By LOIS KINDLE
Just when it seems our lives are everything we dreamed of, life has a way of throwing us a serious curve ball.
In February 2021, Misty Steffen, 48, was on the way to her dream job at HCA Florida South Shore Hospital, working as acting chief nursing officer on the hospital’s all-women leadership team. She had recently moved to Florida, was happily married and had a grown daughter at Galen University studying nursing.
Other than being very fatigued by the number of hours she was putting in to prepare for the role of CNO, she was living the life she had always imagined.
“Misty joined South Shore Hospital as an interim CNO who was enrolled in HCA’s Executive Development Program at the time,” said hospital CEO Sheldon Barr. “We had an instant connection and strong commitment to our mission, which is ‘Above all else, we are committed to the care and improvement of human life.’”
By early March 2021, Steffen had become South Shore Hospital’s chief nursing officer. As such, she was responsible for retaining nurses, hiring them, providing the tools and resources they needed and creating councils for them to have a voice. She listened to the concerns, thoughts and ideas of her staff and other hospital caregivers, as well.
“As CNO, Misty ministered not only to nurses but also to all of our healthcare personnel because, at the end of the day, regardless of your role in our hospital, we are all caregivers,” Barr said. “She solicited feedback, challenged the status quo and provided a culture where no solution was off the table.”
During the pandemic, when hospital employees had to work long hours, Steffen and Barr joined the nursing staff to relieve some of the weight the nurses were carrying and support them through an emotionally trying time.
“I was very invested in the well-being of everyone in the hospital,” Steffen said.
The curve ball is thrown
By September 2021, Steffen was tired all the time. She chalked it up to working long hours or to menopause. Hormone replacement therapy was started but didn’t help.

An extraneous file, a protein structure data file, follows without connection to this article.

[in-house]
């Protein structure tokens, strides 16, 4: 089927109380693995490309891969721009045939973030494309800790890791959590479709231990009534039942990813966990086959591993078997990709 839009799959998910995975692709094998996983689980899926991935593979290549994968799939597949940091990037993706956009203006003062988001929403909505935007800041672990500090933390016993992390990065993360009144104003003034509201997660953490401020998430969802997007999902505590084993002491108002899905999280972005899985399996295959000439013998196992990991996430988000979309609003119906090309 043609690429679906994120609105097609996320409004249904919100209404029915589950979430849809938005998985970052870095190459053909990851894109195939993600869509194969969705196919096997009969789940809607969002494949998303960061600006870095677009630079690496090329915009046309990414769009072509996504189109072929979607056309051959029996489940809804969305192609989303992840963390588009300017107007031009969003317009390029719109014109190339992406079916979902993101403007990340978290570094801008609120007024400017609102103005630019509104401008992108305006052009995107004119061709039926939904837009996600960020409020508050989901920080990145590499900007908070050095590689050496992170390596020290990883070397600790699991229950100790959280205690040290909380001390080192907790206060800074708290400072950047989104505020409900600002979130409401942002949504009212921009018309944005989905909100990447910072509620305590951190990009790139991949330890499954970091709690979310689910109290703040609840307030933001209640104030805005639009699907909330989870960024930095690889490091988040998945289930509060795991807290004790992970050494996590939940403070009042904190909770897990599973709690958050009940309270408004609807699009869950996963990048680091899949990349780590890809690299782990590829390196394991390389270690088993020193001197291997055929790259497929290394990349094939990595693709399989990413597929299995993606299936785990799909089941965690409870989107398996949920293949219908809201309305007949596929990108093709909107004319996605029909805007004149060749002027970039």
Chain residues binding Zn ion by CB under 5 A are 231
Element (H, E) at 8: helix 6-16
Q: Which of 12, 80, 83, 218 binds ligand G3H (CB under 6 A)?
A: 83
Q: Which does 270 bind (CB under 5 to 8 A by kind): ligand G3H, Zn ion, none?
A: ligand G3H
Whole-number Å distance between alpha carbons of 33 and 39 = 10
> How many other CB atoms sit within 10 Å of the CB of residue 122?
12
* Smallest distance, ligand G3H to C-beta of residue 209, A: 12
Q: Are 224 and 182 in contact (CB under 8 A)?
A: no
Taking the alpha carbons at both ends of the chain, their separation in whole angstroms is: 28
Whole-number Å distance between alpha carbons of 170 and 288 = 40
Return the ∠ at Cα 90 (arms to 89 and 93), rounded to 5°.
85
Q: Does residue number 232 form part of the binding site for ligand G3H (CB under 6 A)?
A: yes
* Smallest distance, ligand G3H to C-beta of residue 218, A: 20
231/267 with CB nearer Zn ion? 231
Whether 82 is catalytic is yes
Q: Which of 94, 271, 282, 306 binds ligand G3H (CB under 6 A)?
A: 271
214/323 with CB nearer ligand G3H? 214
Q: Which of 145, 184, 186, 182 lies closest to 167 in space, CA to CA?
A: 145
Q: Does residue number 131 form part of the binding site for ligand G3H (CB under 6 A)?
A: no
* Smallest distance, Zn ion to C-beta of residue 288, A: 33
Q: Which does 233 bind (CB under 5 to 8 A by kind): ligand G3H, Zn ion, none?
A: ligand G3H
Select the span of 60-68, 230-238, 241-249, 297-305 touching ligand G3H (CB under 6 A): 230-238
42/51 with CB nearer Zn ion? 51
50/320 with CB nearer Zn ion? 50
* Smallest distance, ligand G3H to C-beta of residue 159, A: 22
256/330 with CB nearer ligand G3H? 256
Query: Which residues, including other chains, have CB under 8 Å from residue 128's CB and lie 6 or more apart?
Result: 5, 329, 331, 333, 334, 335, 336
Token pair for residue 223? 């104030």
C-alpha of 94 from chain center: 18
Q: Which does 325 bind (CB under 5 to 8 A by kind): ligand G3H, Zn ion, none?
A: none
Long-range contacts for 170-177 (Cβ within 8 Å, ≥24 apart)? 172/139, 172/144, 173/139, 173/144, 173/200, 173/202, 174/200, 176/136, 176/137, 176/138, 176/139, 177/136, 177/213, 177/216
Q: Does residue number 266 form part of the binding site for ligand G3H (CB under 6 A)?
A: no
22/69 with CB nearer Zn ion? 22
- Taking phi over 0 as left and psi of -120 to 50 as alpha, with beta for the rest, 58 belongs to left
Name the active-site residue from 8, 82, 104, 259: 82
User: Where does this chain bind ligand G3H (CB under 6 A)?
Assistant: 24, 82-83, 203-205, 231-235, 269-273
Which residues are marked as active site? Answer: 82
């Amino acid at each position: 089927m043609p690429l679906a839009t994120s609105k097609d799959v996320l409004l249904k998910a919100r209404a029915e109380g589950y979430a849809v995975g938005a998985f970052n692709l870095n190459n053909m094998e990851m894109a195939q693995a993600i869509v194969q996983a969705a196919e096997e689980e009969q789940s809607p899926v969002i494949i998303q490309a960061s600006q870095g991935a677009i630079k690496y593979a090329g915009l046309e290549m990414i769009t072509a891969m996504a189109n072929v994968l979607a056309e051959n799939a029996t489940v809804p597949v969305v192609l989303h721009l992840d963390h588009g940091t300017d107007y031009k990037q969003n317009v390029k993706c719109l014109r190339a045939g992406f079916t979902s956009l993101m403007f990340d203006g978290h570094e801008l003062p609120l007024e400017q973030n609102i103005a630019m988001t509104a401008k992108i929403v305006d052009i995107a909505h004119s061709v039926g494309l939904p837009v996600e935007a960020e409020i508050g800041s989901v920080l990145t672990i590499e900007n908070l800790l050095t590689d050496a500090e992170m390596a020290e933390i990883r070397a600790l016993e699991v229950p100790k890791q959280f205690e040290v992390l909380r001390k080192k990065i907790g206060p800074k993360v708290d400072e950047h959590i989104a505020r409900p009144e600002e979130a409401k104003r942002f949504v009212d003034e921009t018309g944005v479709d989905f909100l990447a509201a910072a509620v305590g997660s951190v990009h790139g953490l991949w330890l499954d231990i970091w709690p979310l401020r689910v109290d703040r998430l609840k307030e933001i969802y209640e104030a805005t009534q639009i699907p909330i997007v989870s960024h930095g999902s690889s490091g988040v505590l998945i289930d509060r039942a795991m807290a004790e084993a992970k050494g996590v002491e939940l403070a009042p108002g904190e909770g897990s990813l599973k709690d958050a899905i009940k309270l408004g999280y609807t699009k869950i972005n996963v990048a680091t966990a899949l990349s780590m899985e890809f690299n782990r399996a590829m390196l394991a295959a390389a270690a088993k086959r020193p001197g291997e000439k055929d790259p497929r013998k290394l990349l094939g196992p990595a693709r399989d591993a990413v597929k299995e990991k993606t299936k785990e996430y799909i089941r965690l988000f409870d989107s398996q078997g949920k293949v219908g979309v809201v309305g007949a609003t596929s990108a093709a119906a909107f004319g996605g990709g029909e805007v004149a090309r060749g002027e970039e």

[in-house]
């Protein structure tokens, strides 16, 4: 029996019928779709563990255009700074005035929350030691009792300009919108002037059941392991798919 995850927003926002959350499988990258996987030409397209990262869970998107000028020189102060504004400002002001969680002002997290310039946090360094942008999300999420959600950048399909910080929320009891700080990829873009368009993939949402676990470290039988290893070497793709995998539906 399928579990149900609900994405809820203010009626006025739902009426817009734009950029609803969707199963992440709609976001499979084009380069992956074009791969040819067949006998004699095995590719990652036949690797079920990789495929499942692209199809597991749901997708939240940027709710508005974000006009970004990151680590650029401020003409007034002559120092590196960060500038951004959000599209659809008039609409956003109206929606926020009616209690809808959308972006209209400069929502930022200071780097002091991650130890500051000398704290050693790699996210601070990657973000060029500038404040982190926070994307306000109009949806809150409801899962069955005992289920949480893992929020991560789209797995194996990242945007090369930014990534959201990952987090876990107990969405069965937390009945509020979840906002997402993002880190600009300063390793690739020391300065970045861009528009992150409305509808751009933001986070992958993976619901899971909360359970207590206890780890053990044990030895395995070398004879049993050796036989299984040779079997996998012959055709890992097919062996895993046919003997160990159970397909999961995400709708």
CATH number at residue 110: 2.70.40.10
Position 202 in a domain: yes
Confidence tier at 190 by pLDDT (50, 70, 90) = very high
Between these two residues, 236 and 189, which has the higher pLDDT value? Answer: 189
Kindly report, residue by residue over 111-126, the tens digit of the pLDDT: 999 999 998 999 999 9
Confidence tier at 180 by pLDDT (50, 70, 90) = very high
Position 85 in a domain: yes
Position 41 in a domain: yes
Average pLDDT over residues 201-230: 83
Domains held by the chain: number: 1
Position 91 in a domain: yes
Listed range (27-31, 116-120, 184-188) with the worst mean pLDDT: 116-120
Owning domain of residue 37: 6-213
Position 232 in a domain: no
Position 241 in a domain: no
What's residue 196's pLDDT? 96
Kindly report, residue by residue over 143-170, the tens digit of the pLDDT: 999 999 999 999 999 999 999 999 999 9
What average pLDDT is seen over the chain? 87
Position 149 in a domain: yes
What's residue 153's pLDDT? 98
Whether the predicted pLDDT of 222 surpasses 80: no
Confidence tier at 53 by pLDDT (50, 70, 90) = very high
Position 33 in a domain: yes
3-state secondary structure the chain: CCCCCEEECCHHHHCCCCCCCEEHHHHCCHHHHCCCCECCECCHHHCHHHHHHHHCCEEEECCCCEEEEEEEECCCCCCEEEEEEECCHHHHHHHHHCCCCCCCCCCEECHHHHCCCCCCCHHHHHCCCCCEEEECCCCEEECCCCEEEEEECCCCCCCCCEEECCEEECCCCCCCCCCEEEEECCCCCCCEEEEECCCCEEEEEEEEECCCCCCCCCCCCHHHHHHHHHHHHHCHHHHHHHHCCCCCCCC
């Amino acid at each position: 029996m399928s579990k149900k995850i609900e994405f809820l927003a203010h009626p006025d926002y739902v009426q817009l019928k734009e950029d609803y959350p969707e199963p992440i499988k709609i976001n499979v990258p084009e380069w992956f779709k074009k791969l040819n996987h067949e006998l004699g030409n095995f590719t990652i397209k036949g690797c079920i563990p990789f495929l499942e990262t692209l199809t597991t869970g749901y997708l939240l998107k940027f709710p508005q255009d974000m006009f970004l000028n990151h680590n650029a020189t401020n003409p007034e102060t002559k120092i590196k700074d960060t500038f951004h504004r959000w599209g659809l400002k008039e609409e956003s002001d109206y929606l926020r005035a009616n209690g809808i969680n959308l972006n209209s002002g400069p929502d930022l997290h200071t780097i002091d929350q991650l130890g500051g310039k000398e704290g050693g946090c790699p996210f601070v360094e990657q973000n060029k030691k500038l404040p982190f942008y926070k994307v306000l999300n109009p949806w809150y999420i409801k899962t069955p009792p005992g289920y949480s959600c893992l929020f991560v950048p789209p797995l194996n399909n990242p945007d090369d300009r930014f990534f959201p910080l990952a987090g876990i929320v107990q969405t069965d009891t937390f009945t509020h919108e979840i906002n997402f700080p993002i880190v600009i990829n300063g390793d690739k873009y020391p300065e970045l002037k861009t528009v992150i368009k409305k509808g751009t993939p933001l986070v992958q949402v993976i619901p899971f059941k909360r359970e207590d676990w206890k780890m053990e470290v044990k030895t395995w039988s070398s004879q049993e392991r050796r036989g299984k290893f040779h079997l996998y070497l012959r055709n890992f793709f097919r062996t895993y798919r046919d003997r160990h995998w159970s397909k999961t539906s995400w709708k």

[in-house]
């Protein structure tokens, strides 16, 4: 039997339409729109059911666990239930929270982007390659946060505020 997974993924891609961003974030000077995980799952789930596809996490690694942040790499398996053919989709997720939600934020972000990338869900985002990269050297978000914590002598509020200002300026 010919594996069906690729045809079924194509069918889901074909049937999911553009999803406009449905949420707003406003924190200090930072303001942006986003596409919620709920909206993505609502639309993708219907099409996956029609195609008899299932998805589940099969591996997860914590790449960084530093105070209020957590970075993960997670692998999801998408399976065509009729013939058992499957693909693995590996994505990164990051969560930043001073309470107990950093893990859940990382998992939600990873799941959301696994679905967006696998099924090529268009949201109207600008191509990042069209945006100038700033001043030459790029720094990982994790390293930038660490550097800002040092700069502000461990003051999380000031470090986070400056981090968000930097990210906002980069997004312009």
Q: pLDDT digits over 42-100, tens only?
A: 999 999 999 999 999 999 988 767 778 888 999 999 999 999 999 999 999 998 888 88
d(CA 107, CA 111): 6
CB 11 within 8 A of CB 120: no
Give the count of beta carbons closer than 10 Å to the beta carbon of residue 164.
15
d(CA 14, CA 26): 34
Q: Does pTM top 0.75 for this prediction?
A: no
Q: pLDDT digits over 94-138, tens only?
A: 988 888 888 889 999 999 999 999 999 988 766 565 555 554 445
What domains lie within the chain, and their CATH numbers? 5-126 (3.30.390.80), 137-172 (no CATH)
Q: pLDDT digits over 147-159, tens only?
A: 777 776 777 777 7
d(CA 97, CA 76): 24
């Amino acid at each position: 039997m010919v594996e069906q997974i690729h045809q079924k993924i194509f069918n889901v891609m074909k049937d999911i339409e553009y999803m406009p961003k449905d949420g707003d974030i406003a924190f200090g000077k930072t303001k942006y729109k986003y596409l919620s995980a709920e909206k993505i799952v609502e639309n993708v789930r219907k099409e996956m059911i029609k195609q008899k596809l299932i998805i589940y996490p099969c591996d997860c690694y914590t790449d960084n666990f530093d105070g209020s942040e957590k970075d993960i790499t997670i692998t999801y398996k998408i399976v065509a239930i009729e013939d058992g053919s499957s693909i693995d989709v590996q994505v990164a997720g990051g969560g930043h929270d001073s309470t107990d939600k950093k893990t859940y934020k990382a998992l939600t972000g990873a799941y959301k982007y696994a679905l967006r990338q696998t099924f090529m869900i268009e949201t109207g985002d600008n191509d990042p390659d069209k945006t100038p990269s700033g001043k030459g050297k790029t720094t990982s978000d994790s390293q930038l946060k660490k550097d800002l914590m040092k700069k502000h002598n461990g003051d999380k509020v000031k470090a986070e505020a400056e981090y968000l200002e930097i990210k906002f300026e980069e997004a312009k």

Six months later, in early March 2022, Steffen became overwhelmingly exhausted. She kept vomiting, her bones ached and she felt like she had a wicked case of the flu.
“After talking with Sheldon, I picked one of the two doctors she found for me to see for routine labs,” Steffen said. “When the results came back, I was referred to a hematologist, and thanks to a colleague, I got in the same day.”
A bone marrow biopsy was ordered and done immediately at South Shore Hospital. It was such complex testing, it took 10 to 14 days for the results to come back, and Steffen kept working.
“Love made me do it,” she said.
On March 21, Steffen ended her work day and felt so bad, she thought she was going to pass out. She went to the ER and learned her hemoglobin was 6.4, when it should have been somewhere between 12 and 16.
She was admitted and treated with multiple blood products, got another biopsy, and when the results came back on March 24, she learned she had MDS, a rare, aggressive blood cancer of the bone marrow.
When Steffen arrived at Moffitt Cancer Center on April 4, a resident physician reviewed her biopsy and told her the prognosis was “very poor.”
“My heart was beating out of my chest,” she said. “I wanted to leave the hospital, get out my passport and travel.”
Shortly after, Moffitt Cancer Center’s Dr. David Sallman took over her care. He couldn’t start treatment until the end of May, however, due to a hold the FDA had on a research drug he wanted to use.